Part I: Bottoms Up

Ash dreams the dream of swimming. In the dream he is deep in the Kosciuszko pool. In the dream the pool is located behind his Quincy Street apartment, in Bed-Stuy, Brooklyn, New York. He forgot to take his eyeglasses off, in the dream, and they sank beneath the turquoise surface into the bottom. The frames are clear and lost to view, in the dream his vision is gone with them. But it is okay, because God is with him and so Ash doesn’t have to see so clearly.

He wakes not to water but green branches waving outside his bedroom…


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Thinking they could order ourselves, early teachers mapped good and evil into textbook geographies, plotting America as God’s bounty, pre-colonial societies as a void. They curated a literary canon of honesty and virtue, diligence and patriotism, hard work: Washington Irving and Hamlet’s soliloquy and the Sermon on the Mount. Not to mention arithmetic, hefty word problems meditating on frugality, the benefits of saving for old age; and history, which told of the goodness of the Pilgrims, Franklin, Washington, and Jefferson, the pioneers. Complications could be chalked up to disloyalty (see Benedict Arnold, Native Americans, Catholics). This is not to mention…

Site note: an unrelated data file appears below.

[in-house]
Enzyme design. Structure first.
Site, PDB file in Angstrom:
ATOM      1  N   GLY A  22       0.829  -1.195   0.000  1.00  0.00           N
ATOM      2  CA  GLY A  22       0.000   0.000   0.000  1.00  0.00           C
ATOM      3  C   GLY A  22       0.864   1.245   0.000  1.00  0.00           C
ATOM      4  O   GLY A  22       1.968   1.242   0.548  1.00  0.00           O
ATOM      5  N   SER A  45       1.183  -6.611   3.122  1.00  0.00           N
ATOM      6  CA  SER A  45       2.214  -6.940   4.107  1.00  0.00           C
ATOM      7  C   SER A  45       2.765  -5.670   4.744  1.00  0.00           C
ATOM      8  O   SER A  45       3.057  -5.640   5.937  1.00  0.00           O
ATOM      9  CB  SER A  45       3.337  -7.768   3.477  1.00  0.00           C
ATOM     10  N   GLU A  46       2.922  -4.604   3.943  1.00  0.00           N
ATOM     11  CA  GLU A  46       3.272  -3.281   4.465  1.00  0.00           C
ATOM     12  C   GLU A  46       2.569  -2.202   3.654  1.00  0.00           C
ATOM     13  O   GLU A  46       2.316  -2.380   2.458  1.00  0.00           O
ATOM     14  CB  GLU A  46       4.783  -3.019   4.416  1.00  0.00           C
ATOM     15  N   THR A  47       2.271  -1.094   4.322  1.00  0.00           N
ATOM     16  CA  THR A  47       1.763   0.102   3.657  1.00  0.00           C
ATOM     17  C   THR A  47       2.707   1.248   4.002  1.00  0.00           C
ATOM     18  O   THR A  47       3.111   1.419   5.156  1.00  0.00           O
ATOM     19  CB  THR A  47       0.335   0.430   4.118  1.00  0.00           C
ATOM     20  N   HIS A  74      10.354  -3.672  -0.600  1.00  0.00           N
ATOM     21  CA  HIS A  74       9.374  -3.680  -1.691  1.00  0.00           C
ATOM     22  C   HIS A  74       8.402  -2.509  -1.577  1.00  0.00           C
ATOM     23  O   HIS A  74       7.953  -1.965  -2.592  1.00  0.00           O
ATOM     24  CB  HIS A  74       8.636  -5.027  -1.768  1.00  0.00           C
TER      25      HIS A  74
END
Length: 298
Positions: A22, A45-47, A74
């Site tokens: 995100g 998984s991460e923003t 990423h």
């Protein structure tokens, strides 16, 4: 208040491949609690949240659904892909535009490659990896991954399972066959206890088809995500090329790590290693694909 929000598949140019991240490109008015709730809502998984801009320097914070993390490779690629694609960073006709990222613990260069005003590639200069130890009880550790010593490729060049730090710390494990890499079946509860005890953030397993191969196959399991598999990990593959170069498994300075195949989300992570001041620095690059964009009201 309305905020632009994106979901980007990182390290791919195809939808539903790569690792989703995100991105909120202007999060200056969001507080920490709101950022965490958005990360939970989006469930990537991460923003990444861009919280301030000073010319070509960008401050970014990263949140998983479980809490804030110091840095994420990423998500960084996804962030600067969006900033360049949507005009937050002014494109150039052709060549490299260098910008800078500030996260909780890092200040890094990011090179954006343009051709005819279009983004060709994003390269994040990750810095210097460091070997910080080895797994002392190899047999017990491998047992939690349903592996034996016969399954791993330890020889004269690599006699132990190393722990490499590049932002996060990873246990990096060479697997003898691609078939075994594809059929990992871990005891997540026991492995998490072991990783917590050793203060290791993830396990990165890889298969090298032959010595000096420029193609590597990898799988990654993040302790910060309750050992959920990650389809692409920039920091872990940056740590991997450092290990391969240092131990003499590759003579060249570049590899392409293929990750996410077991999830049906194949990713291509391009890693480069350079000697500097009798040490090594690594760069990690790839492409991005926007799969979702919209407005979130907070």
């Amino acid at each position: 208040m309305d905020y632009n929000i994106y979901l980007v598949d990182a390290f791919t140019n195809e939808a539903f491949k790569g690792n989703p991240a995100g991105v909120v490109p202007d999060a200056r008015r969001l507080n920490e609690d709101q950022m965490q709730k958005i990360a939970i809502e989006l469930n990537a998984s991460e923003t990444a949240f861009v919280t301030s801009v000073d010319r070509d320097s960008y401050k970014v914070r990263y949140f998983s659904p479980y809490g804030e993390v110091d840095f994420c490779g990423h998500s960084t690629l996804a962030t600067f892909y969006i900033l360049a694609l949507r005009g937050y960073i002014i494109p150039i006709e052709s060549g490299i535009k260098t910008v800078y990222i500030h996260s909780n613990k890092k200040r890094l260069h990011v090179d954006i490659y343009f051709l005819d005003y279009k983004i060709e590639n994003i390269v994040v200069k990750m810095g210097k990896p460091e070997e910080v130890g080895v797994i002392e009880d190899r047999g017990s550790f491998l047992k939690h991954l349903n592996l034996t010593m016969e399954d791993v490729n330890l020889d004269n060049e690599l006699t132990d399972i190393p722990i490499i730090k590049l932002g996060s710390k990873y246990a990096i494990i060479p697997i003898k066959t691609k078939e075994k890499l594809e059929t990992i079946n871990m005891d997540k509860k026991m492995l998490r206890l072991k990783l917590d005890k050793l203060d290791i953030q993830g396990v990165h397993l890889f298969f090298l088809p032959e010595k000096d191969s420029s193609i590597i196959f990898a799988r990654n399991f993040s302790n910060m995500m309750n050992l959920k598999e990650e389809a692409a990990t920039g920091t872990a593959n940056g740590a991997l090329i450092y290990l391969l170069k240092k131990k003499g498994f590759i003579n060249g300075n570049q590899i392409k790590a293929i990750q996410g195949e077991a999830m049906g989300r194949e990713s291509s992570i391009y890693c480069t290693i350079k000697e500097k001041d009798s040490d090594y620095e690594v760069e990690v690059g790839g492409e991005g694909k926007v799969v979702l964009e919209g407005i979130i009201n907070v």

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I was the baby of the family, accustomed to being led around by the hand. My reputation lacked direction. At the Jersey Shore one year, my uncle made me lead him to the grocery store, and then the deli counter inside the grocery store. Where was the restaurant where we had made reservations? We were on a spit of sand too narrow to become lost upon.